Does Not Equal is a webcomic by Sarah Ennals – check out the pre-Futurismic archives, and the strips that have been published here previously.
[ Be sure to check out the Does Not Equal Cafepress store for webcomic merchandise featuring Canadians with geometrically-shaped heads! ]
To those of us with an interest in living long enough to live forever any indicator of exceptional longevity is of interest. Here researchers have identified particular personality traits associated with longevity:
Because personality traits have been shown to have substantial heritable components, the researchers hypothesized that certain personality features may be important to the healthy aging observed in the offspring of centenarians.
Both the male and female offspring of centenarians scored in the low range of published norms for neuroticism and in the high range for extraversion. The women also scored comparatively high in agreeableness. Otherwise, both sexes scored within normal range for conscientiousness and openness, and the men scored within normal range for agreeableness.
Obviously you can’t do much to change your personality, but the conclusions are interesting.
[from Physorg][image from kol on flickr]
The headline says it all – after ten years of research and testing, we have the first child born successfully after its mother received a full ovary transplant. The doctor who carried out the procedure is now suggesting that young girls have one of their ovaries removed and frozen in case they need it later in life. [both links via FuturePundit]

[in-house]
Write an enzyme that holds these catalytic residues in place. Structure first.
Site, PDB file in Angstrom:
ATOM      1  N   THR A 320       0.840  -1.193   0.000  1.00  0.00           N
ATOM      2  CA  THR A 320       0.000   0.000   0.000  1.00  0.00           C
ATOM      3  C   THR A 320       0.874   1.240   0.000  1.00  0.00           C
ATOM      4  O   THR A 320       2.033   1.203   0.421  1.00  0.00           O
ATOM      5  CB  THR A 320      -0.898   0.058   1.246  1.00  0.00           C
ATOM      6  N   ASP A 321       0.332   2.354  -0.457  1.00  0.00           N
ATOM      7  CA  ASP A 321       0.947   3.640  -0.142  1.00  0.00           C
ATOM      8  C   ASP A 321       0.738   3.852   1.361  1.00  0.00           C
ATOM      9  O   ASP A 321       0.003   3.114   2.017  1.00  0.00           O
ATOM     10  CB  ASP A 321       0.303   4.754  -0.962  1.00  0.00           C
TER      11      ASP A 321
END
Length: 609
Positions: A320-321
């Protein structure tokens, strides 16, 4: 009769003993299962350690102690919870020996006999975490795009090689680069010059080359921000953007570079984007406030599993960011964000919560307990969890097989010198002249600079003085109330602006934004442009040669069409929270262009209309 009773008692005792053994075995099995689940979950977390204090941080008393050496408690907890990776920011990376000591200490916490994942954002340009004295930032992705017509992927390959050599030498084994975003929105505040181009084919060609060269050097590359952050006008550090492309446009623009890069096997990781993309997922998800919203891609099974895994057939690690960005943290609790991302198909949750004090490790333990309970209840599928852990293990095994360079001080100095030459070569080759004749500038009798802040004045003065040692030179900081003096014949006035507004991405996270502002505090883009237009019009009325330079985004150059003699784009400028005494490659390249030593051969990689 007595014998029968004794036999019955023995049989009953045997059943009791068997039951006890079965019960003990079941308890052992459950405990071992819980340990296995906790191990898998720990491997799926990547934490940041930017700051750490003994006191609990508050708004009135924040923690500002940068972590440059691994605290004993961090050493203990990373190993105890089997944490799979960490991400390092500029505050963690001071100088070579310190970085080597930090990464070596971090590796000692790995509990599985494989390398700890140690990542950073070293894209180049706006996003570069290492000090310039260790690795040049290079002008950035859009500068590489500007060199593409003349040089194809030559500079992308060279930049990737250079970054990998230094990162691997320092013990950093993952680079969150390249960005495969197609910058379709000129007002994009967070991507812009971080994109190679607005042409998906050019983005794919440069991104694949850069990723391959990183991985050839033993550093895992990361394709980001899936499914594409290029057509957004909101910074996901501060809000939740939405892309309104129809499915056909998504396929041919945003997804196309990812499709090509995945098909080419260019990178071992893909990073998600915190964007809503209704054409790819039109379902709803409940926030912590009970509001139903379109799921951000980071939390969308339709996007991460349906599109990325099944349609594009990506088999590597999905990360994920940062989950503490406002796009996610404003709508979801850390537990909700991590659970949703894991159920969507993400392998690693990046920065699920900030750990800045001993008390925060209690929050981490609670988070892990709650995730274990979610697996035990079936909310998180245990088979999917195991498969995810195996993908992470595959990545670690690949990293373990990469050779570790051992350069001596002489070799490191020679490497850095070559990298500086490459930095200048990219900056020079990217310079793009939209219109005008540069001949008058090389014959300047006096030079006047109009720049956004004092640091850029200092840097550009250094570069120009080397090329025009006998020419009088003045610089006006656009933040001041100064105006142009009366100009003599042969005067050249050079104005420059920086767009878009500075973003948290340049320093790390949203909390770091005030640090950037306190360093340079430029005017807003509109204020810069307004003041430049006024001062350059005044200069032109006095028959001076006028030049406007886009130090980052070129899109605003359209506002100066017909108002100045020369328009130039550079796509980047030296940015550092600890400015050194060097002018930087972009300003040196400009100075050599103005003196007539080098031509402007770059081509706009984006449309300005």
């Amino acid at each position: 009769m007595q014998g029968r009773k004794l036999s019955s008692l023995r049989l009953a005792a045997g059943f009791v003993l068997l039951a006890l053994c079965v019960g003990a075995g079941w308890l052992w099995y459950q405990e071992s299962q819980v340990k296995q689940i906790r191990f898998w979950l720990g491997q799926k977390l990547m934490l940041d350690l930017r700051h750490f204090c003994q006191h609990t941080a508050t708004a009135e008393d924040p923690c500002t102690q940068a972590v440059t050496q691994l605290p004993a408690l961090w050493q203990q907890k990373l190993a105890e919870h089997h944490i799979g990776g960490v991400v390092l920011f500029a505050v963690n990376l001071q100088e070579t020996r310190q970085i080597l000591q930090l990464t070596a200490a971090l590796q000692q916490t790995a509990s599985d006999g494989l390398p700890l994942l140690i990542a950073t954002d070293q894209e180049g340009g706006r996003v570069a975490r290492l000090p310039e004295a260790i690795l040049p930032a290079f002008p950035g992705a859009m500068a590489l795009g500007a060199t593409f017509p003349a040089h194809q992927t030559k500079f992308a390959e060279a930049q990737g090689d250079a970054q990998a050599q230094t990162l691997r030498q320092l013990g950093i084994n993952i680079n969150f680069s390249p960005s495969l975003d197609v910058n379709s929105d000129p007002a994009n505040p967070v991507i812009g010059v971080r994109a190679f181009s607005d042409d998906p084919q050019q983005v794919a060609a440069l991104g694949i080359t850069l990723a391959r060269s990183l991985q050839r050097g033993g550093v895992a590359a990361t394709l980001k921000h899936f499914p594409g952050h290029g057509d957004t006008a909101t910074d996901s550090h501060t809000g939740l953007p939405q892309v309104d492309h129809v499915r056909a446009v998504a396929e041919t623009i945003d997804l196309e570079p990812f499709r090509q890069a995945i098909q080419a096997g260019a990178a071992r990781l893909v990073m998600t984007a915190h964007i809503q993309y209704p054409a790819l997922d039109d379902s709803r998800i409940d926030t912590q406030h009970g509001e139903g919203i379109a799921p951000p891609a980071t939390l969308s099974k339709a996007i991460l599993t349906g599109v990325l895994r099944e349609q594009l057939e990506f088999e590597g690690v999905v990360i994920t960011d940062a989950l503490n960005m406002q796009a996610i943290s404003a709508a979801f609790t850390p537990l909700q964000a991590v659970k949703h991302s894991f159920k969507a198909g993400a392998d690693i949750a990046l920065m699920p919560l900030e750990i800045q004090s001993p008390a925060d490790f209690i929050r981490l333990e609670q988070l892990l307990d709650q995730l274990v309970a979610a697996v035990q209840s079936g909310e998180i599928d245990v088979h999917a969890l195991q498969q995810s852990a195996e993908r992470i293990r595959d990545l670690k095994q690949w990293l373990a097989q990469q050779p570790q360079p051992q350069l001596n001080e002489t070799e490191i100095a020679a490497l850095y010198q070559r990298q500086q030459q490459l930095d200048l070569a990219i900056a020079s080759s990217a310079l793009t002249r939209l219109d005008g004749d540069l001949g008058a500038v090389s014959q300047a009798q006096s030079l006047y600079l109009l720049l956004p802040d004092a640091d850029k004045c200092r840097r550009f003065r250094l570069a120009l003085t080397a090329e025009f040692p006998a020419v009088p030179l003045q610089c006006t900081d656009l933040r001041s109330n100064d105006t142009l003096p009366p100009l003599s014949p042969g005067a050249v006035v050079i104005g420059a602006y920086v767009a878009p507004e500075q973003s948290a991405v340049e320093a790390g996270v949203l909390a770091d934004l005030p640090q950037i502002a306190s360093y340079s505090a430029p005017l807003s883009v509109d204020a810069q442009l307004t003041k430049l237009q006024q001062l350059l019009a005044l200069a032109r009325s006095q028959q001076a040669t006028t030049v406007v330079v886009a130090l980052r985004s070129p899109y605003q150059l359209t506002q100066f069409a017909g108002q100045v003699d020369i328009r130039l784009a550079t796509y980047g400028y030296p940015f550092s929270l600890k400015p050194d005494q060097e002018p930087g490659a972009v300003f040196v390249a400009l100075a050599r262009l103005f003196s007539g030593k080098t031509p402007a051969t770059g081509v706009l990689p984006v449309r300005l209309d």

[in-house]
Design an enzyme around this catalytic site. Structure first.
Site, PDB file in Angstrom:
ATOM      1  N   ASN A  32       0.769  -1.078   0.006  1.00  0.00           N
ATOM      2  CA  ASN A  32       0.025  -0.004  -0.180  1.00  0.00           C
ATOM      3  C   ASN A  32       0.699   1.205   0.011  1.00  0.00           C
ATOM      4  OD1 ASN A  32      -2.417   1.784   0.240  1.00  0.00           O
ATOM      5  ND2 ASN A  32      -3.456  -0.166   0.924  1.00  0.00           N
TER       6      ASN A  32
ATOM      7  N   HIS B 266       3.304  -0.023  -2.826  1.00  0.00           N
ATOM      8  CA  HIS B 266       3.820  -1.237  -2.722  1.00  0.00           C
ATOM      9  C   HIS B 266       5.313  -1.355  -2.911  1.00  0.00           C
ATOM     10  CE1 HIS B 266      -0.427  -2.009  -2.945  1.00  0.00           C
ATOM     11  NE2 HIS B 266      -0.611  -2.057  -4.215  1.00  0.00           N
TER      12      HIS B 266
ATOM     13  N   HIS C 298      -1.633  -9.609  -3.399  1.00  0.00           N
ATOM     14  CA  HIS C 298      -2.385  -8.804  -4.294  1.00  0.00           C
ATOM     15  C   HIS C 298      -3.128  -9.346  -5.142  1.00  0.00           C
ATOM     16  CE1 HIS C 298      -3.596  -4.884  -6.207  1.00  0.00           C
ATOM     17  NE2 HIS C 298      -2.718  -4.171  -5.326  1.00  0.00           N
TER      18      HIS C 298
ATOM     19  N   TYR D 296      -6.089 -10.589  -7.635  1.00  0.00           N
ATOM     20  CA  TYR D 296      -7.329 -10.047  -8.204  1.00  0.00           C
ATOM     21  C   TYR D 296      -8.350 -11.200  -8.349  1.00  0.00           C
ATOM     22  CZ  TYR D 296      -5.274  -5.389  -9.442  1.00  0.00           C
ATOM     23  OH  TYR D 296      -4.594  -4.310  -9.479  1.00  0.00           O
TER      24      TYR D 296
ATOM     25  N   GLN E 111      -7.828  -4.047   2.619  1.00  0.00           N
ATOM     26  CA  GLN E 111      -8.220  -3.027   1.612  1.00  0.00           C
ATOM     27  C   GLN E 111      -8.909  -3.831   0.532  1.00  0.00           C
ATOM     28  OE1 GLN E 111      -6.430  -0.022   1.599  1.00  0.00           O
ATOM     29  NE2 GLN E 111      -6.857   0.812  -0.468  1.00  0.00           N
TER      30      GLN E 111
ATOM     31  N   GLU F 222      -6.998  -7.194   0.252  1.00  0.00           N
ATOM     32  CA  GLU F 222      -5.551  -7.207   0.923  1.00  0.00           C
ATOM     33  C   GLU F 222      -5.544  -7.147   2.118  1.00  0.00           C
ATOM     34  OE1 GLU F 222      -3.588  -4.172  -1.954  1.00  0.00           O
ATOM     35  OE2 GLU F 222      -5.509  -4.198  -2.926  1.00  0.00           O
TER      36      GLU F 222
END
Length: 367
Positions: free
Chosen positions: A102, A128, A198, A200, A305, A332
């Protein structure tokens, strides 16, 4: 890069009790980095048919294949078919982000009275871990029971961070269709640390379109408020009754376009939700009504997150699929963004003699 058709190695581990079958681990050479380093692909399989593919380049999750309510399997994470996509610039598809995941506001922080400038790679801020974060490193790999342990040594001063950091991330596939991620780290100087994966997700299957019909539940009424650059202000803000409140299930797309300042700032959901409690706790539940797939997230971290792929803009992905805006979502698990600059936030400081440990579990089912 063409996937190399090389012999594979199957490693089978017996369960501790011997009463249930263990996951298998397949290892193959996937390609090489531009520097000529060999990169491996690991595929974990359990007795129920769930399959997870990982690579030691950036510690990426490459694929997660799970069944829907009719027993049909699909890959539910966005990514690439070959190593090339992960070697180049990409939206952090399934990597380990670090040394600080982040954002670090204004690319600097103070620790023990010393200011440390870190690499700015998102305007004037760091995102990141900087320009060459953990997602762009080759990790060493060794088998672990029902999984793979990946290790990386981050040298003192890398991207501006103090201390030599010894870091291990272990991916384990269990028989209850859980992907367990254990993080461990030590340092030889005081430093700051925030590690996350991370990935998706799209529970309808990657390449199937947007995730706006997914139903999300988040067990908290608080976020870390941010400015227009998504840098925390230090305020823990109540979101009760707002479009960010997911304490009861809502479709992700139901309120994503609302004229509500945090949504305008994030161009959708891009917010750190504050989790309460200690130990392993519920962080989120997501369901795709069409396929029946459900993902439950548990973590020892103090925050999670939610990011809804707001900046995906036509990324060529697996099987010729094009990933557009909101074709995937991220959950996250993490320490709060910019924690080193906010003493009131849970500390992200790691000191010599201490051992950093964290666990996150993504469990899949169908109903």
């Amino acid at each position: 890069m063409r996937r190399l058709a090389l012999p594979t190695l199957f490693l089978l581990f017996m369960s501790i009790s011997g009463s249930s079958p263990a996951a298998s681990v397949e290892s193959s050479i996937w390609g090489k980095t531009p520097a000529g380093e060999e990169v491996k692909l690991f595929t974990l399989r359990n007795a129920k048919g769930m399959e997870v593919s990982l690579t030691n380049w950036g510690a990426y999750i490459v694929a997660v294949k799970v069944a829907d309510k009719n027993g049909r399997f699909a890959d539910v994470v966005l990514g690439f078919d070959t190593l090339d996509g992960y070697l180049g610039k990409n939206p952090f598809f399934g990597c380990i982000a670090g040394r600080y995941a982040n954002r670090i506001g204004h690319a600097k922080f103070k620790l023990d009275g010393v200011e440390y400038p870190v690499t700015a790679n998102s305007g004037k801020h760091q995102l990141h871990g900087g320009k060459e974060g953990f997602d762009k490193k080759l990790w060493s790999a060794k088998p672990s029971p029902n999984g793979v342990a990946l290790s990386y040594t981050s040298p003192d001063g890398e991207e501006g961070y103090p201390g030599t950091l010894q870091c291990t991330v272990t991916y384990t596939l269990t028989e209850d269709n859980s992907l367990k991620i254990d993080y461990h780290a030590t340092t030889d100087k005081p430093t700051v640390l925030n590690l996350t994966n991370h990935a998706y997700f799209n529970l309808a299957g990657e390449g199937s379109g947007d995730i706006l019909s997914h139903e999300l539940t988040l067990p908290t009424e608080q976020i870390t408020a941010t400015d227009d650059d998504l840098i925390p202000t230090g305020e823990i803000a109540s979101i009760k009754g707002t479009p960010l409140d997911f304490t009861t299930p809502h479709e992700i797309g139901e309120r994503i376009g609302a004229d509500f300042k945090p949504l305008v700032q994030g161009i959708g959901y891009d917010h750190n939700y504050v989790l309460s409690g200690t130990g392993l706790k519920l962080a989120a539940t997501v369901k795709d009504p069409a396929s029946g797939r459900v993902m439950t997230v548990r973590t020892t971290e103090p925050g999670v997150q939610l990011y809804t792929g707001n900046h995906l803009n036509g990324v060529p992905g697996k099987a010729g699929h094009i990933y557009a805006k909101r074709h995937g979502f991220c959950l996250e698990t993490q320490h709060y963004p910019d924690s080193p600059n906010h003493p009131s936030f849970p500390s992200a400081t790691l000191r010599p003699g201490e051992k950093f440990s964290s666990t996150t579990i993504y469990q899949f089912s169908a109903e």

It amazing how quickly we’re adopting the idea of ‘banking’ parts of ourselves in case of future need; it implies an understanding of the body as a biological machine, which may be why some religions find it so morally repugnant.
But religion aside, the story above brings up another contentious question – if fertility is no longer a barrier to carrying a child to term, how old is too old for a woman to become a mother? Is it merely an issue of physical suitability, or are there psychological and social implications for a child raised by parents that we would currently consider to be of grandparenting age?
Over here in the UK the current big front-page story is Hannah Jones, a thirteen-year-old girl who has a hole in her heart as a result of childhood leukaemia medication. The actual news is the about-face made by her local healthcare authority, which was planning to force her to have a heart transplant against her own wishes; intervention by a child protection officer encouraged them to drop their court case and let Hannah stay with her family as she wished.
The “right to die” is still a very contentious issue (and will doubtless remain one for some time to come) but Hannah’s case is complicated by her age; I think it’s a safe assumption that had her parents not agreed with her decision, things might have gone very differently. Which brings us to the perennial question – at what age should the law permit you to make life-changing decisions like this for yourself? And to what degree should the religious beliefs of your family be taken into account, if at all?
In the latest instalment of Future Imperfect, Sven Johnson has been trying to unearth the roots of a creativity myth.
Why is it that we tend to see the creative professions as the province of the young, when there’s so much evidence to the contrary? Continue reading Theories of Creativity